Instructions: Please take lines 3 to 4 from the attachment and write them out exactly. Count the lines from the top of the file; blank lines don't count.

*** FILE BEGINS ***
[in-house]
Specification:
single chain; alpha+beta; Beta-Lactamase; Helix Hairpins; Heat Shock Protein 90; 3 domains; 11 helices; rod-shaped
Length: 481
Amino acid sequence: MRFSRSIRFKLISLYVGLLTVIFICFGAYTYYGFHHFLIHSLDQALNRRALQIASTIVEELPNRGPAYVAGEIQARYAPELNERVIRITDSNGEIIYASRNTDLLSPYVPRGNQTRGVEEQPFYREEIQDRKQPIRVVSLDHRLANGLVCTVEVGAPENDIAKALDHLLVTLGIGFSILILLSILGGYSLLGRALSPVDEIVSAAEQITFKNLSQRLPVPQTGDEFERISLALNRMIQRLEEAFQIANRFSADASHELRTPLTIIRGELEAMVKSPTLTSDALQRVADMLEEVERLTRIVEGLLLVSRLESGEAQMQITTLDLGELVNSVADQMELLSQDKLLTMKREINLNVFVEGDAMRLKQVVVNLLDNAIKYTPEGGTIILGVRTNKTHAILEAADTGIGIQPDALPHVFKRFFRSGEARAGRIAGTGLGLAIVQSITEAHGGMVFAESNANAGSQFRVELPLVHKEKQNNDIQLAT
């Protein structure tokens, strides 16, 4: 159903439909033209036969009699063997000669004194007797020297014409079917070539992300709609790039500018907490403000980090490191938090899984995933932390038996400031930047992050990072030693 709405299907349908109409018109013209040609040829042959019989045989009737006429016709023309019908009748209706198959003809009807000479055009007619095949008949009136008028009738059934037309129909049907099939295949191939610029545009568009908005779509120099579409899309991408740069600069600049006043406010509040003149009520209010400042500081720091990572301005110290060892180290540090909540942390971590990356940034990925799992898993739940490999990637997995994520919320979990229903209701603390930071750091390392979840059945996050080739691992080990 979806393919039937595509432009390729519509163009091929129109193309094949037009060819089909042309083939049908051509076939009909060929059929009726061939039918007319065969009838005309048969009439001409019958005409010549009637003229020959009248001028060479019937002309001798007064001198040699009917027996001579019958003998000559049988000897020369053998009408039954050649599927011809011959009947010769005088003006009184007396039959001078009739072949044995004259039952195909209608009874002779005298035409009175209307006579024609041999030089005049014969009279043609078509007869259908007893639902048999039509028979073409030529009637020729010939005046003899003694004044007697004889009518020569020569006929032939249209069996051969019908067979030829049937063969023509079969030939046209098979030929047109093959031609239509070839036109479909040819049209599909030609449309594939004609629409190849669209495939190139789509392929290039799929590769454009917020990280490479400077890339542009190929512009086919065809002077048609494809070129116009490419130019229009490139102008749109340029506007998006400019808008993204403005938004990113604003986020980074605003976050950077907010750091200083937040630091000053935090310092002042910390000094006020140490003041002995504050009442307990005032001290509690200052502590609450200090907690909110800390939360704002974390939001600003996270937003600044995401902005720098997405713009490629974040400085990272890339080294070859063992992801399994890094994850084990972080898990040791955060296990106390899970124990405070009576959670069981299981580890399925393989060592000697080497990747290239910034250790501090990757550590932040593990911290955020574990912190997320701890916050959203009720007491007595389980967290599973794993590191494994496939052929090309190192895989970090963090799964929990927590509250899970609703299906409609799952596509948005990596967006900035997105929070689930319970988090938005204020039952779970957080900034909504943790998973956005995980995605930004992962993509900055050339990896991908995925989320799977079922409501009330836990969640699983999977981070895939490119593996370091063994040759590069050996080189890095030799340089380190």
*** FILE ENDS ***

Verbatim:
single chain; alpha+beta; Beta-Lactamase; Helix Hairpins; Heat Shock Protein 90; 3 domains; 11 helices; rod-shaped
Length: 481